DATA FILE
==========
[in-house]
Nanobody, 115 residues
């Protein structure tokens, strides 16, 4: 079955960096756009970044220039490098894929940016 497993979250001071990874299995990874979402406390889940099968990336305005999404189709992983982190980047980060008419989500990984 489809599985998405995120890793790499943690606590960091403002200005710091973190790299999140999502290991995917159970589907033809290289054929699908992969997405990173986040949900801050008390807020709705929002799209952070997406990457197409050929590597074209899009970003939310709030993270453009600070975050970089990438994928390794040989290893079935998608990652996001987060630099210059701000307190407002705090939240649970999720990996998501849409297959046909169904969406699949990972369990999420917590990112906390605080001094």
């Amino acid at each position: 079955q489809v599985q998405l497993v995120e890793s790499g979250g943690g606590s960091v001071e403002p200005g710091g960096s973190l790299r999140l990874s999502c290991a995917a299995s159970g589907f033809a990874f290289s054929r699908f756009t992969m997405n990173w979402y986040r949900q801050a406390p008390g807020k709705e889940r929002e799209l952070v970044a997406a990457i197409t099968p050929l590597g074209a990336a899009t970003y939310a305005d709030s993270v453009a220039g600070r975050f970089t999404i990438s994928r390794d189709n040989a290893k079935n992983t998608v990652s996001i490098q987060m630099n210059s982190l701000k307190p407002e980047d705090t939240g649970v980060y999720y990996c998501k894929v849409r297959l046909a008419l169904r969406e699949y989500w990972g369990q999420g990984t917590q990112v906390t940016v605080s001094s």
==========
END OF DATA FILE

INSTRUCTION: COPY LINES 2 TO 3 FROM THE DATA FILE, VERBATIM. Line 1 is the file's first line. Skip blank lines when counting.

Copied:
Nanobody, 115 residues
């Protein structure tokens, strides 16, 4: 079955960096756009970044220039490098894929940016 497993979250001071990874299995990874979402406390889940099968990336305005999404189709992983982190980047980060008419989500990984 489809599985998405995120890793790499943690606590960091403002200005710091973190790299999140999502290991995917159970589907033809290289054929699908992969997405990173986040949900801050008390807020709705929002799209952070997406990457197409050929590597074209899009970003939310709030993270453009600070975050970089990438994928390794040989290893079935998608990652996001987060630099210059701000307190407002705090939240649970999720990996998501849409297959046909169904969406699949990972369990999420917590990112906390605080001094």